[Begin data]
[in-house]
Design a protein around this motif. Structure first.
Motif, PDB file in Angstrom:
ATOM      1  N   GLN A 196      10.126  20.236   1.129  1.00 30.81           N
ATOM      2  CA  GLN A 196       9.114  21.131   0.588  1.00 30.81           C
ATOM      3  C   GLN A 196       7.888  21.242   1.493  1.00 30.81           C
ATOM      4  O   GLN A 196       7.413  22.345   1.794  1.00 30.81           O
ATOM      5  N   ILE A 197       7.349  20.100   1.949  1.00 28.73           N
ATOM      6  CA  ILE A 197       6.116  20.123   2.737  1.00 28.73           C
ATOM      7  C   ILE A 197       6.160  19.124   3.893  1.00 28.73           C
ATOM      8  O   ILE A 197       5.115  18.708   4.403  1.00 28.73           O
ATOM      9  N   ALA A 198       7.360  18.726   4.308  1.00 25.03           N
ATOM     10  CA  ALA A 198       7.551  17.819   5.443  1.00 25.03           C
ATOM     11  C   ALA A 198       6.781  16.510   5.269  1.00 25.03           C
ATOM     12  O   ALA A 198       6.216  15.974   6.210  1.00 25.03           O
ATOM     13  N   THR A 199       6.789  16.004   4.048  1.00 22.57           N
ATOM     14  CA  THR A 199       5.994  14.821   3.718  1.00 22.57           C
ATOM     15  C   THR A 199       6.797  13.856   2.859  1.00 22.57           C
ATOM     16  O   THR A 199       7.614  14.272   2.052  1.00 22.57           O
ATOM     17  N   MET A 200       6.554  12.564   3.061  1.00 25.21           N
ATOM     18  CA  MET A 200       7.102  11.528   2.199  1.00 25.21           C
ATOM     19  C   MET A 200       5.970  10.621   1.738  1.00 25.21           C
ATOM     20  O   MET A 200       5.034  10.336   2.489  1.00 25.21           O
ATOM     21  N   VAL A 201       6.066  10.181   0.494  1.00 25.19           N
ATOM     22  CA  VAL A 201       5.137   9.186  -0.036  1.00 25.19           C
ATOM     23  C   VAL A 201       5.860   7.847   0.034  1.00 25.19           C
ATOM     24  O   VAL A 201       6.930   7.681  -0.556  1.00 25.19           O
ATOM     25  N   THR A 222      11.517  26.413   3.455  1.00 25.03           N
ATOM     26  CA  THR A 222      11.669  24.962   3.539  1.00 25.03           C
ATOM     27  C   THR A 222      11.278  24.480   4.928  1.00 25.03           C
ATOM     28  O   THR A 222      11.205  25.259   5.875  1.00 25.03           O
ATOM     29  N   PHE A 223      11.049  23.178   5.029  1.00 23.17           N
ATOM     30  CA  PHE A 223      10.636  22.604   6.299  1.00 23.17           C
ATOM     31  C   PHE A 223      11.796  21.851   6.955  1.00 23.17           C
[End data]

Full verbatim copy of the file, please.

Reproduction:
[in-house]
Design a protein around this motif. Structure first.
Motif, PDB file in Angstrom:
ATOM      1  N   GLN A 196      10.126  20.236   1.129  1.00 30.81           N
ATOM      2  CA  GLN A 196       9.114  21.131   0.588  1.00 30.81           C
ATOM      3  C   GLN A 196       7.888  21.242   1.493  1.00 30.81           C
ATOM      4  O   GLN A 196       7.413  22.345   1.794  1.00 30.81           O
ATOM      5  N   ILE A 197       7.349  20.100   1.949  1.00 28.73           N
ATOM      6  CA  ILE A 197       6.116  20.123   2.737  1.00 28.73           C
ATOM      7  C   ILE A 197       6.160  19.124   3.893  1.00 28.73           C
ATOM      8  O   ILE A 197       5.115  18.708   4.403  1.00 28.73           O
ATOM      9  N   ALA A 198       7.360  18.726   4.308  1.00 25.03           N
ATOM     10  CA  ALA A 198       7.551  17.819   5.443  1.00 25.03           C
ATOM     11  C   ALA A 198       6.781  16.510   5.269  1.00 25.03           C
ATOM     12  O   ALA A 198       6.216  15.974   6.210  1.00 25.03           O
ATOM     13  N   THR A 199       6.789  16.004   4.048  1.00 22.57           N
ATOM     14  CA  THR A 199       5.994  14.821   3.718  1.00 22.57           C
ATOM     15  C   THR A 199       6.797  13.856   2.859  1.00 22.57           C
ATOM     16  O   THR A 199       7.614  14.272   2.052  1.00 22.57           O
ATOM     17  N   MET A 200       6.554  12.564   3.061  1.00 25.21           N
ATOM     18  CA  MET A 200       7.102  11.528   2.199  1.00 25.21           C
ATOM     19  C   MET A 200       5.970  10.621   1.738  1.00 25.21           C
ATOM     20  O   MET A 200       5.034  10.336   2.489  1.00 25.21           O
ATOM     21  N   VAL A 201       6.066  10.181   0.494  1.00 25.19           N
ATOM     22  CA  VAL A 201       5.137   9.186  -0.036  1.00 25.19           C
ATOM     23  C   VAL A 201       5.860   7.847   0.034  1.00 25.19           C
ATOM     24  O   VAL A 201       6.930   7.681  -0.556  1.00 25.19           O
ATOM     25  N   THR A 222      11.517  26.413   3.455  1.00 25.03           N
ATOM     26  CA  THR A 222      11.669  24.962   3.539  1.00 25.03           C
ATOM     27  C   THR A 222      11.278  24.480   4.928  1.00 25.03           C
ATOM     28  O   THR A 222      11.205  25.259   5.875  1.00 25.03           O
ATOM     29  N   PHE A 223      11.049  23.178   5.029  1.00 23.17           N
ATOM     30  CA  PHE A 223      10.636  22.604   6.299  1.00 23.17           C
ATOM     31  C   PHE A 223      11.796  21.851   6.955  1.00 23.17           C